- Cape student sues, accuses school officials of slamming her to ground multiple times (04/28/16)48
- Neelys Landing man shot, killed by highway patrol trooper after traffic stop (05/01/16)43
- Bob Evans restaurant in Cape Girardeau among chain's 21 closings (04/26/16)9
- Missouri House votes to allow concealed weapons without permits (04/28/16)8
- Police report filed, but no charges in incident at Cape Central (04/29/16)40
- 2016 All-Missourian Boys Basketball (04/29/16)
- Statement: Man says copsí good work drove him to grow his own marijuana (05/01/16)1
- Two hurt in motorcycle wreck on Interstate 55 (04/25/16)1
- Senator introduces bill for I-57 that would connect Sikeston with Little Rock (04/28/16)4
- River Ridge Winery changes hands (05/02/16)
Talking shop with Jason Wray, owner of Creative Edge in Jackson
Creative Edge is celebrating its 10th year in business. The full-service marketing and video production agency serves mostly real estate clients, though it has clients in a range of other industries. Business editor Brian Blackwell recently sat down with owner Jason Wray to learn more about the company's rise from a house to a 14,000-square-foot facility in Jackson, where its 14 employees work. Wray, 31, and his wife, Cori, have a son, Zack, and a daughter, Hannah. A native of St. Louis, Wray moved to Jackson when he was 12 years old and has remained there ever since. His community involvement includes membership in the Cape Girardeau, Jackson and Perryville chambers of commerce and a board member for the Vision House of Cape Girardeau, a faith-based, long-term transitional living facility for homeless and addicted women.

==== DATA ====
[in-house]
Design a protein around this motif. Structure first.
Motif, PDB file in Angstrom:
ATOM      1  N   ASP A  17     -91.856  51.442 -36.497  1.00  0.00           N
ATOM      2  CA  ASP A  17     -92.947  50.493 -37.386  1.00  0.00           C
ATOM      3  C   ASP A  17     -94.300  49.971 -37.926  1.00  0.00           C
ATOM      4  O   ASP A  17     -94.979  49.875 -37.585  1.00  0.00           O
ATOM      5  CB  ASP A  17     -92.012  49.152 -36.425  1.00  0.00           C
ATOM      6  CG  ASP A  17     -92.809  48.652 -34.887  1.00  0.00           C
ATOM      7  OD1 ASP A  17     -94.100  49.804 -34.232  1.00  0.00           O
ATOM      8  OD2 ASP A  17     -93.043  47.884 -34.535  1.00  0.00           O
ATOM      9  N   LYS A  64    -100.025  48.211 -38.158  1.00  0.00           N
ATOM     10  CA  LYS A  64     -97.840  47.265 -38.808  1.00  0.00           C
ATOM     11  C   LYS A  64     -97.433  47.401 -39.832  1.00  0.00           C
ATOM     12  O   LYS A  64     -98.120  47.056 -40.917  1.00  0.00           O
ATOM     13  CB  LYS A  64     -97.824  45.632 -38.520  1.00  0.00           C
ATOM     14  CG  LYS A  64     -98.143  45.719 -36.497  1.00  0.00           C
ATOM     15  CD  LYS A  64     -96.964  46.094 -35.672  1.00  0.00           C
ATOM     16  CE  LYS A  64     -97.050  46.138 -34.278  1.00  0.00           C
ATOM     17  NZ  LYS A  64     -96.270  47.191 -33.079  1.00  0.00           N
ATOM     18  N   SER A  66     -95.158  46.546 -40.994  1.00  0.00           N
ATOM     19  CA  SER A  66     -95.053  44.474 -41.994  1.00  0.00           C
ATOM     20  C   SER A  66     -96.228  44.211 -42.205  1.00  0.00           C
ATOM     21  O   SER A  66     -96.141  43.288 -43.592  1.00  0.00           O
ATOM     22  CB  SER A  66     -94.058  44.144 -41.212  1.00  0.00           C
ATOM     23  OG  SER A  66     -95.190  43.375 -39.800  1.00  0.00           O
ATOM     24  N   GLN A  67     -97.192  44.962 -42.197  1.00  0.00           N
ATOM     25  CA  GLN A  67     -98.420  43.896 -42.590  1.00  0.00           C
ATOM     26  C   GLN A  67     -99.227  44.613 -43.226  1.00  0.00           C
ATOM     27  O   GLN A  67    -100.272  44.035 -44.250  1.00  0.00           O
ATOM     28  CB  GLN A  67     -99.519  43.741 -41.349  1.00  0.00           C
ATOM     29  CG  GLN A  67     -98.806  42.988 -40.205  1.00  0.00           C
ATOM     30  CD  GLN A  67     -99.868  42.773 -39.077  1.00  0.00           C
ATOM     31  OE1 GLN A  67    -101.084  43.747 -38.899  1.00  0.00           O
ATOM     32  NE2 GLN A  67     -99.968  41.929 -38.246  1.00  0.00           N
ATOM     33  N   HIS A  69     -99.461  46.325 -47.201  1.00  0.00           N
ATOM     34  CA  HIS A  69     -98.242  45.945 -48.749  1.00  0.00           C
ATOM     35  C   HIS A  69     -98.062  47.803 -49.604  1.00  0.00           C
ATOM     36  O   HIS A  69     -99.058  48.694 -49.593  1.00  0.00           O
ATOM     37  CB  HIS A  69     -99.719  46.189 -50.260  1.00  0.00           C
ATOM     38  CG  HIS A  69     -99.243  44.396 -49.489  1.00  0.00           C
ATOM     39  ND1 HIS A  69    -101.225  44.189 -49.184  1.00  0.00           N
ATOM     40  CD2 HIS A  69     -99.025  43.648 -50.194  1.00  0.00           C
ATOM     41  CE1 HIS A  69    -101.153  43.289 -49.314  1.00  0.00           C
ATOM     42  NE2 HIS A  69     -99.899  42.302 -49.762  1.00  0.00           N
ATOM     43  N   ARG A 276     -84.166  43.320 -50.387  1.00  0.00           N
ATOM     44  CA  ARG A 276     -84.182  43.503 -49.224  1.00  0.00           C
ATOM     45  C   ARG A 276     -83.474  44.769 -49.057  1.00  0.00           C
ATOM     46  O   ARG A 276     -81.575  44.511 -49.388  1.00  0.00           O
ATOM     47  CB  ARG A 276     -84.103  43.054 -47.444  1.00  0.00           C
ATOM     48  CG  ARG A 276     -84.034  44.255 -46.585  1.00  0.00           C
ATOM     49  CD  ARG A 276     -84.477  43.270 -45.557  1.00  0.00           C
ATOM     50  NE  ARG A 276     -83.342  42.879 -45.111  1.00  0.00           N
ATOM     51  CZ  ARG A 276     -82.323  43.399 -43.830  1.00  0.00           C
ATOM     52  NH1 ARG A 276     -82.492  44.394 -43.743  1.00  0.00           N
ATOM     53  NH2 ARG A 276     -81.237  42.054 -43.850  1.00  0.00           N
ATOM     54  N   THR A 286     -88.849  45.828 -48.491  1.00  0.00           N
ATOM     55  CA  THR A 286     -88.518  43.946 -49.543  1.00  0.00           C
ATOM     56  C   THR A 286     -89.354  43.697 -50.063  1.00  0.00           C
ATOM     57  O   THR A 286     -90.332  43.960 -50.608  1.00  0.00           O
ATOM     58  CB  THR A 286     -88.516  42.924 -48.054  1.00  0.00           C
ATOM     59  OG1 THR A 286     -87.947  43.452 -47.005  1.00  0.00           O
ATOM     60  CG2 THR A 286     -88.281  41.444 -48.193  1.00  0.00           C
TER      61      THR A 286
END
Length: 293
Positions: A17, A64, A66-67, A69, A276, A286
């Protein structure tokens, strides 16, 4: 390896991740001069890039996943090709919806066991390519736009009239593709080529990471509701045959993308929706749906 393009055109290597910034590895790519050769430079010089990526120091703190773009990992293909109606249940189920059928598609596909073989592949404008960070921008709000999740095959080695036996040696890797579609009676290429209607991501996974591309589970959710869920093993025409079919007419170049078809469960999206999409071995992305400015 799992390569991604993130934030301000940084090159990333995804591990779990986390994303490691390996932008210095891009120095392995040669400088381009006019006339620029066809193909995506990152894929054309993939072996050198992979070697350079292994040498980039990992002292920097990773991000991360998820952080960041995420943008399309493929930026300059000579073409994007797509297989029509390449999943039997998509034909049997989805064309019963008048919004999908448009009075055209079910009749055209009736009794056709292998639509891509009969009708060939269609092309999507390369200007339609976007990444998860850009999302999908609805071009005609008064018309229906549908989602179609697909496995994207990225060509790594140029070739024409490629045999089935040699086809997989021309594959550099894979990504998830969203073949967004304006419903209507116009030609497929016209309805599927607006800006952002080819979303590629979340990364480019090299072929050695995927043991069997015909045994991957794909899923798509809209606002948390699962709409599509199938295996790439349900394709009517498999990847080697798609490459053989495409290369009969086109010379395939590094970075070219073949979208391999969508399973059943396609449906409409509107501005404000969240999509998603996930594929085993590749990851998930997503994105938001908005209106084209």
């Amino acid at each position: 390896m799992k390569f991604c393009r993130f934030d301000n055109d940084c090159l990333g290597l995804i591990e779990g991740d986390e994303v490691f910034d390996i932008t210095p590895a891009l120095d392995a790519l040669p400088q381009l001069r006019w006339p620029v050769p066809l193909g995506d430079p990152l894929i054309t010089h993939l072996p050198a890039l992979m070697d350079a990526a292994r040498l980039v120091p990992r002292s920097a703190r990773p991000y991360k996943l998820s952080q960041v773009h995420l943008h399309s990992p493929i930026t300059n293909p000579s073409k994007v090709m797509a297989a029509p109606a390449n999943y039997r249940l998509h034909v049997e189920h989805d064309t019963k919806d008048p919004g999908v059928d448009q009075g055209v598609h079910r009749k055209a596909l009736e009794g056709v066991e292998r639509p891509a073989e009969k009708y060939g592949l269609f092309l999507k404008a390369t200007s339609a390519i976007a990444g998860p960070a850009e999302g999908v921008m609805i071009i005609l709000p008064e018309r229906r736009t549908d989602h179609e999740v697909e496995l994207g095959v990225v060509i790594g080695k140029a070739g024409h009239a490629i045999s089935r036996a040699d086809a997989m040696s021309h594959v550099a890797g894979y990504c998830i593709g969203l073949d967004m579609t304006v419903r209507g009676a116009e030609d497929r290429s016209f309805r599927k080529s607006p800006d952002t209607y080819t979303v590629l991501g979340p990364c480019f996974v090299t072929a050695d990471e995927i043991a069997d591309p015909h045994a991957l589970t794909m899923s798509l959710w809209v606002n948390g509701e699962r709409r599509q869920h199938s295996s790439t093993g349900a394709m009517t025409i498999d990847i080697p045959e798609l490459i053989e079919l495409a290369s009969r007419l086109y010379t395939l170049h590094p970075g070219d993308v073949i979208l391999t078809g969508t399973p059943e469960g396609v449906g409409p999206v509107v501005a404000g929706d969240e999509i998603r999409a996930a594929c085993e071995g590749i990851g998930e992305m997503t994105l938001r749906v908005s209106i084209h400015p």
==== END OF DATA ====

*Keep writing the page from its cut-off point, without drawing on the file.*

Q: What's something most people don't know about you?
A: I want my life to be purposeful. I want to inspire people and make a difference while I'm here, since we're here for such a short time. Someone once asked a few years ago what legacy I want to leave behind. The person said more people should live like they're writing the ending to their own book. That's why I volunteer with so many organizations. When I see people down the road I want to see a happy ending. And I love teaching and leading seminars. One day I'd like to do seminars for underprivileged kids.
Q: Who has influenced you the most in life?
A: One key influence was my late uncle Cary Flanagan. He was my rock. In the early days of starting this business I'd get so discouraged and wanted to throw in the towel. He was my encouragement. He would help bail me out and was always there. Since he's gone I miss him terribly. He treated me almost like a son, and if he were here I know how proud he'd be. My parents were also another influence. Their work ethic still is with me today. Seeing that was an inspiration.
Q: What motivates you to keep at your job?
A: My family inspires me to be a better man. If it weren't for them, I would be a workaholic.
Q: How did you start Creative Edge?
A: Early on I had ambitions to do radio and wanted to be in the entertainment industry. I did stand-up comedy around town and worked for different radio stations. I eventually worked for Brennecke Chevrolet. I sold cars and became advertising coordinator. That's when I realized my love for advertising and persuading people. In October 1999 I had this burning desire to start my own company and took a big leap of faith and a calculated risk. I believed I could do it.
Q: Did times ever get hard and what made you stick with it?